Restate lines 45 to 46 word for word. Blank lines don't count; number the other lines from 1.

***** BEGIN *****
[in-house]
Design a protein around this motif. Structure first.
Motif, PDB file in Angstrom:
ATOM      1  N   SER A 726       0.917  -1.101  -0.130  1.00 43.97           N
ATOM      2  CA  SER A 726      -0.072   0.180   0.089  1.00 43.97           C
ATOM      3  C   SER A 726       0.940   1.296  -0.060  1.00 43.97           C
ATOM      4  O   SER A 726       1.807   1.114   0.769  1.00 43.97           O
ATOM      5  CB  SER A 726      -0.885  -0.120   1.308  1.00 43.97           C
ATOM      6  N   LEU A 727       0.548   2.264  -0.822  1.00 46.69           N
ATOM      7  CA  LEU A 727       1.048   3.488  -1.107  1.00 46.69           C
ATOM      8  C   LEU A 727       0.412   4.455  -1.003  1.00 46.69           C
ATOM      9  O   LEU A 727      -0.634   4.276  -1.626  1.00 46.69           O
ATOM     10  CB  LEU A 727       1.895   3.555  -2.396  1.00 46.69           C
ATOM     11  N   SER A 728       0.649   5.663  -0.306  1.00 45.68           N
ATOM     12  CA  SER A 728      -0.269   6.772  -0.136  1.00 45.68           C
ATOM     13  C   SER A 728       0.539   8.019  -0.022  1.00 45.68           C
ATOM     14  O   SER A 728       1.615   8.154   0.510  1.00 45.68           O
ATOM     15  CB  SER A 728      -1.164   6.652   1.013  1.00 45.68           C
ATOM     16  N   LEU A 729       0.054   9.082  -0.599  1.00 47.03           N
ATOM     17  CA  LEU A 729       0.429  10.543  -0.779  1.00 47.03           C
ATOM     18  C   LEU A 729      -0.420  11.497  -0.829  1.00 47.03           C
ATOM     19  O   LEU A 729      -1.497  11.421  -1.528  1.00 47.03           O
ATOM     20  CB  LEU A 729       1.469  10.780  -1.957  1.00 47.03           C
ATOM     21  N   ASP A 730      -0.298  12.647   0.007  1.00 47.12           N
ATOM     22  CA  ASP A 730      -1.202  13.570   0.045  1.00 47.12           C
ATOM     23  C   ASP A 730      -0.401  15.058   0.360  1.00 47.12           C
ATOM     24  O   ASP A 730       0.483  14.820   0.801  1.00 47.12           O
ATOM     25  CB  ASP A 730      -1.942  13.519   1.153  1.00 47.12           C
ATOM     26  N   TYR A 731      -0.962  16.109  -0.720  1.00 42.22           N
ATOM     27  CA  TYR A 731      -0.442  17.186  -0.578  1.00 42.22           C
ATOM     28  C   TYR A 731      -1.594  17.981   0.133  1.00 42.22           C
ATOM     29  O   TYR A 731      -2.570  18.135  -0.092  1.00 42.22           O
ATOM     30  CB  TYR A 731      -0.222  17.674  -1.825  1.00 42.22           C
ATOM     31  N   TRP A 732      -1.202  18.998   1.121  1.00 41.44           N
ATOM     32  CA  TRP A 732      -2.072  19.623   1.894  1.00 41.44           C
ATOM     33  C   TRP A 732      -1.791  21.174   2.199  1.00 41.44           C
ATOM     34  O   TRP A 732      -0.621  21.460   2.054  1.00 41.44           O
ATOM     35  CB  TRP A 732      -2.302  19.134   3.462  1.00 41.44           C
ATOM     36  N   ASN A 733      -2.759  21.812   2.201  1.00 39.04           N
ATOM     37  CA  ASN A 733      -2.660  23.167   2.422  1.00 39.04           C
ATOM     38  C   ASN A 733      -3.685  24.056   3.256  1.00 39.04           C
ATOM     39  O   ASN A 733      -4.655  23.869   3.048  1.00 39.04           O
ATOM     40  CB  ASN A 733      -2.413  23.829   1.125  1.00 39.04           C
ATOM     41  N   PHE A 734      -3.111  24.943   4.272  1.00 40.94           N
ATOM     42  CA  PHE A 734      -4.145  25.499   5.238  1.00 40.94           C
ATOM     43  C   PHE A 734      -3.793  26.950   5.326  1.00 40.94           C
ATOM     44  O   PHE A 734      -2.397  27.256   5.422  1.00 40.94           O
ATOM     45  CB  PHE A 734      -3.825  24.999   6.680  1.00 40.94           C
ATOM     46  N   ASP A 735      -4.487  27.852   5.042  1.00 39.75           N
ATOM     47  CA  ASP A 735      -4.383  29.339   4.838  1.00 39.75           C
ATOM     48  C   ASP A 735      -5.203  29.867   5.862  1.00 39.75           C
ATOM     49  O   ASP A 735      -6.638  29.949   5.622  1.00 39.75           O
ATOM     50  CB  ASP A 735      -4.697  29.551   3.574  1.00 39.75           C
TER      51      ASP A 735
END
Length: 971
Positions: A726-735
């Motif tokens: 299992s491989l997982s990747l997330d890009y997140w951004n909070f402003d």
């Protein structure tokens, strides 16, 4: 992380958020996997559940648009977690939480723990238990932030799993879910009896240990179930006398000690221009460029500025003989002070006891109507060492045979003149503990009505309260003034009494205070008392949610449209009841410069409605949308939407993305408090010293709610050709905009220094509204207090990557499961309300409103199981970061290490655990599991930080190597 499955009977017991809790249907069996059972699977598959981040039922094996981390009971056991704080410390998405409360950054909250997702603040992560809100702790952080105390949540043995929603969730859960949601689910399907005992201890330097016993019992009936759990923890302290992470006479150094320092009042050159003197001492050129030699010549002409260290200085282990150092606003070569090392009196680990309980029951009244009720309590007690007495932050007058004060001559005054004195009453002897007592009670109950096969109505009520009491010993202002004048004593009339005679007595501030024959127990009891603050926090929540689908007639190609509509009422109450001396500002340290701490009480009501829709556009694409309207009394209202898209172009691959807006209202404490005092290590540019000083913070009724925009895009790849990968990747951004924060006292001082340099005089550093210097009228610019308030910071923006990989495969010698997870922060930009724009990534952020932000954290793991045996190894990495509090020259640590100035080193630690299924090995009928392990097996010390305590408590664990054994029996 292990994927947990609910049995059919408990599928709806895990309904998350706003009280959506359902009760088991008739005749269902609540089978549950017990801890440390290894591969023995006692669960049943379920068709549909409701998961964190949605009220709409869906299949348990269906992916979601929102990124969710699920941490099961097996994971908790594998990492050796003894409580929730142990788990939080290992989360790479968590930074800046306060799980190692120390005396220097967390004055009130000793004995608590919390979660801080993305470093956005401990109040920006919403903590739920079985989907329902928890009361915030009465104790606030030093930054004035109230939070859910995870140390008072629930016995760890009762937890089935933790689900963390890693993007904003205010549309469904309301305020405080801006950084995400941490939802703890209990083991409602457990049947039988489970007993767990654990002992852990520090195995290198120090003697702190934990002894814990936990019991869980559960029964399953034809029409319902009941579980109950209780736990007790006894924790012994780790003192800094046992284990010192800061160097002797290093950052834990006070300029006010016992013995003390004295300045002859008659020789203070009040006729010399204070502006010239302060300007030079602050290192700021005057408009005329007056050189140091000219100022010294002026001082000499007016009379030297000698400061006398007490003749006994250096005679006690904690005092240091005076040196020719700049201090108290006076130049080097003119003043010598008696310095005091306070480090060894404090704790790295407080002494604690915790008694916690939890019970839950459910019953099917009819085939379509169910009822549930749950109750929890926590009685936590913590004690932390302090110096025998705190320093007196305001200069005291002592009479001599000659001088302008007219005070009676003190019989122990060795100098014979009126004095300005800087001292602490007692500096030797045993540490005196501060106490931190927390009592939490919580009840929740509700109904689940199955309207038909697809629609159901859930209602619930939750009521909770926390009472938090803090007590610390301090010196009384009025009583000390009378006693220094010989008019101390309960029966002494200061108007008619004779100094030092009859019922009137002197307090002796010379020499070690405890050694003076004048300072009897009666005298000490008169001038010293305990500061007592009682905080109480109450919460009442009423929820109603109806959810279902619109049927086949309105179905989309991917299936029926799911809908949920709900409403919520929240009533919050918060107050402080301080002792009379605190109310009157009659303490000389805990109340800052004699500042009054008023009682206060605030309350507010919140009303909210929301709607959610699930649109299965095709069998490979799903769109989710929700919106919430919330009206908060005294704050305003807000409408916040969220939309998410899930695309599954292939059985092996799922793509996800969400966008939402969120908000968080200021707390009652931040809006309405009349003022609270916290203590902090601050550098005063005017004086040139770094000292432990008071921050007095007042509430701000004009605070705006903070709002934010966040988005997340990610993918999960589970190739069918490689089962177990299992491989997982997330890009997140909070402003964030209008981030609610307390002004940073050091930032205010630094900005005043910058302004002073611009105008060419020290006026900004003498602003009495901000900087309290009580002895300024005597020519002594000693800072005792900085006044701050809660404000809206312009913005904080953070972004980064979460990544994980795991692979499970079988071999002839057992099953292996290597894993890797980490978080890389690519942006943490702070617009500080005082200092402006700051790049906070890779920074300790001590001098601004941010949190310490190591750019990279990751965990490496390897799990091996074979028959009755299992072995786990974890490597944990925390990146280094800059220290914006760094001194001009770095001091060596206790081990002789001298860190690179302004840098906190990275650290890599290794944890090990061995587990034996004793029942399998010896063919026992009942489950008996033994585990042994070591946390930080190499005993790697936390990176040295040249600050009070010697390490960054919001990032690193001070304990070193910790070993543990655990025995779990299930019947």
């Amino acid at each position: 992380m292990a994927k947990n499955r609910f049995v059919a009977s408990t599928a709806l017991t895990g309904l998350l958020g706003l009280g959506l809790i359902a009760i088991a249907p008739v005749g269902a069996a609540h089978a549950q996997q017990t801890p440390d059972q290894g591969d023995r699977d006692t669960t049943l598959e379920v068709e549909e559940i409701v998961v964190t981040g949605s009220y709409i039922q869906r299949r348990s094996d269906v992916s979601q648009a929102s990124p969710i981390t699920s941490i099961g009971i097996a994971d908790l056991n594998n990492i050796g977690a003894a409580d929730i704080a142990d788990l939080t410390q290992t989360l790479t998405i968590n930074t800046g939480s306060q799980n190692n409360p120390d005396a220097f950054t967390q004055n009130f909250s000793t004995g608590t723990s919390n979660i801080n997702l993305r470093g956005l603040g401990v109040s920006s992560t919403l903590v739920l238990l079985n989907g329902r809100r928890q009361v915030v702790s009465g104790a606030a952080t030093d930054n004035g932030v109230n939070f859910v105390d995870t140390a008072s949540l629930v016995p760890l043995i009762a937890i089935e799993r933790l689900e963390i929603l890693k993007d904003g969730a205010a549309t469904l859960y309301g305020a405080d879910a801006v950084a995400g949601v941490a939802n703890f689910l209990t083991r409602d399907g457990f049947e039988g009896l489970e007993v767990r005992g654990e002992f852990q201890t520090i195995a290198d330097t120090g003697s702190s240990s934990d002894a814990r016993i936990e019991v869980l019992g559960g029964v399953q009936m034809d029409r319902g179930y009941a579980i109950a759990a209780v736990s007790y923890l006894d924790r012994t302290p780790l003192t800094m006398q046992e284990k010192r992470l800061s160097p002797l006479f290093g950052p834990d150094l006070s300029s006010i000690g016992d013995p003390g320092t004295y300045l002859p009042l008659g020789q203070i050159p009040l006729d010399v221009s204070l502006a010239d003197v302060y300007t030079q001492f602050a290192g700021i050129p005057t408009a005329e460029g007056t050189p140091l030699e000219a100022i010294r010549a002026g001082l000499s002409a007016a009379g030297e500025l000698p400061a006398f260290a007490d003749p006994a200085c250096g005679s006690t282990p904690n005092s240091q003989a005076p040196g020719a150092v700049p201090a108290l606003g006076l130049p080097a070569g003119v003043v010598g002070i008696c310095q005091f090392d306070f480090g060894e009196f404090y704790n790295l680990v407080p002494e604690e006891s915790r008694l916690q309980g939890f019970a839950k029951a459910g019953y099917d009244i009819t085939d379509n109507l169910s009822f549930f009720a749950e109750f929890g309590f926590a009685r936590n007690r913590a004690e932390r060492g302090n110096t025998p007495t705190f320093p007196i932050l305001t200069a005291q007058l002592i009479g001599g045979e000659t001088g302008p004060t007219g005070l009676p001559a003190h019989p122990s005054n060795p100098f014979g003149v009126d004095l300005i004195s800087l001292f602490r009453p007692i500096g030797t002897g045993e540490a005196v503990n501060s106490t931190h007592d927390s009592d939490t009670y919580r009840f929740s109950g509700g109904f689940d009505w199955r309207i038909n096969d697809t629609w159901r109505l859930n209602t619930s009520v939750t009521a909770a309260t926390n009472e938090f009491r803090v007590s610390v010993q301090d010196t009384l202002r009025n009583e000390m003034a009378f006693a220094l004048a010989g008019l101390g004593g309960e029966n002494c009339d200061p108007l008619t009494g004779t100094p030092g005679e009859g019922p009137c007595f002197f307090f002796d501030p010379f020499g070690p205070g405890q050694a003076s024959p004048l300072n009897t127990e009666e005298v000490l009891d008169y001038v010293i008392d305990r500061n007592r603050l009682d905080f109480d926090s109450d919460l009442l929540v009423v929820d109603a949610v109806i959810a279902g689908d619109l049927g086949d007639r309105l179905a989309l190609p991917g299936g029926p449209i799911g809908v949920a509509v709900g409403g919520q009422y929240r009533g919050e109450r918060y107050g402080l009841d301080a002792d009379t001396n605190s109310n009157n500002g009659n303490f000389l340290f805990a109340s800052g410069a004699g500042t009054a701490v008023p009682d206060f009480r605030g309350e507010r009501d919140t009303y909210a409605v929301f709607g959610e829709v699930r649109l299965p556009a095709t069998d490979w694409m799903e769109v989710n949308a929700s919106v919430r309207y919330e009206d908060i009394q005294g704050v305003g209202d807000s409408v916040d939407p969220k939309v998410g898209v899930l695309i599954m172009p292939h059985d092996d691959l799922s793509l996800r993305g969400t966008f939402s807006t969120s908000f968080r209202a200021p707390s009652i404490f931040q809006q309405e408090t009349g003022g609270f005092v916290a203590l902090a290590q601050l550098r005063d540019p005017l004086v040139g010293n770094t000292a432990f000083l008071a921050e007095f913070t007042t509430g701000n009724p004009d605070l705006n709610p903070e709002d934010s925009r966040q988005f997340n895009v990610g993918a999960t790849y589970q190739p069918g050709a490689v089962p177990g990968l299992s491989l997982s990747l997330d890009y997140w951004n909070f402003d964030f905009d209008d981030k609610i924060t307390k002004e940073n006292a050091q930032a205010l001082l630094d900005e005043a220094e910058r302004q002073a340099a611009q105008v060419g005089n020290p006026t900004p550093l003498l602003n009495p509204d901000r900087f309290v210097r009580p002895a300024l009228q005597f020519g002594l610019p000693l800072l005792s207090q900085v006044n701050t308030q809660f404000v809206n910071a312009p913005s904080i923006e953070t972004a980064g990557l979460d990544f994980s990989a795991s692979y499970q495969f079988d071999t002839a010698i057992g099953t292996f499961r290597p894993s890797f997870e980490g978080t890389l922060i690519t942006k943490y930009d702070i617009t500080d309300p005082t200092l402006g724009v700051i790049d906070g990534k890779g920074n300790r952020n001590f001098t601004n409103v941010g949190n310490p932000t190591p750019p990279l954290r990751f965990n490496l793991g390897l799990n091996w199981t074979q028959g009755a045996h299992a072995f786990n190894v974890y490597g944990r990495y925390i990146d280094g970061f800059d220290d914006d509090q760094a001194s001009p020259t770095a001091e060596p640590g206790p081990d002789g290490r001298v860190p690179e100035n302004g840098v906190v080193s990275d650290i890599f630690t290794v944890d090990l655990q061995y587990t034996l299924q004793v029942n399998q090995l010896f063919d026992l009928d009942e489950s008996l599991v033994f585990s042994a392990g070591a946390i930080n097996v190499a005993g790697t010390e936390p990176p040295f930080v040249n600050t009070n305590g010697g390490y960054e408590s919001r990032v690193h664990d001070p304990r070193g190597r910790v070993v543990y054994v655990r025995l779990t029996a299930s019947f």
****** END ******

ATOM     42  CA  PHE A 734      -4.145  25.499   5.238  1.00 40.94           C
ATOM     43  C   PHE A 734      -3.793  26.950   5.326  1.00 40.94           C